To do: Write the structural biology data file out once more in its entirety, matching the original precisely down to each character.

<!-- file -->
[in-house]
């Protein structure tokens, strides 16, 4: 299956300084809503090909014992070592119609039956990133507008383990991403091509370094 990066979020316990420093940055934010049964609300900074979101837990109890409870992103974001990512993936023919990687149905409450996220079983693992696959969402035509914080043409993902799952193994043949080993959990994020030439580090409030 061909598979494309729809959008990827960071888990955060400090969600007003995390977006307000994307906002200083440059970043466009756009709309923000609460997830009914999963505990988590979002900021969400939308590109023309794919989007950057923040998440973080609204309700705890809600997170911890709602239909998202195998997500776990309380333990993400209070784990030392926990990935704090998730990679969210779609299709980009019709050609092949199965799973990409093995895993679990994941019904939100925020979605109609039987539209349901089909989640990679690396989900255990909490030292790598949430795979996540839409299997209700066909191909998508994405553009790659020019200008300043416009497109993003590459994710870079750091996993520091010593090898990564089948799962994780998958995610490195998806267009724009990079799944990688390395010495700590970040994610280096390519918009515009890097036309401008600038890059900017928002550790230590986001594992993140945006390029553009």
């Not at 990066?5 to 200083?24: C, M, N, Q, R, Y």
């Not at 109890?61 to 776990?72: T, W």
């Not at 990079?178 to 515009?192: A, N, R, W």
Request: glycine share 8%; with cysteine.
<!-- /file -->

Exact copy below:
[in-house]
């Protein structure tokens, strides 16, 4: 299956300084809503090909014992070592119609039956990133507008383990991403091509370094 990066979020316990420093940055934010049964609300900074979101837990109890409870992103974001990512993936023919990687149905409450996220079983693992696959969402035509914080043409993902799952193994043949080993959990994020030439580090409030 061909598979494309729809959008990827960071888990955060400090969600007003995390977006307000994307906002200083440059970043466009756009709309923000609460997830009914999963505990988590979002900021969400939308590109023309794919989007950057923040998440973080609204309700705890809600997170911890709602239909998202195998997500776990309380333990993400209070784990030392926990990935704090998730990679969210779609299709980009019709050609092949199965799973990409093995895993679990994941019904939100925020979605109609039987539209349901089909989640990679690396989900255990909490030292790598949430795979996540839409299997209700066909191909998508994405553009790659020019200008300043416009497109993003590459994710870079750091996993520091010593090898990564089948799962994780998958995610490195998806267009724009990079799944990688390395010495700590970040994610280096390519918009515009890097036309401008600038890059900017928002550790230590986001594992993140945006390029553009």
């Not at 990066?5 to 200083?24: C, M, N, Q, R, Y």
């Not at 109890?61 to 776990?72: T, W």
């Not at 990079?178 to 515009?192: A, N, R, W």
Request: glycine share 8%; with cysteine.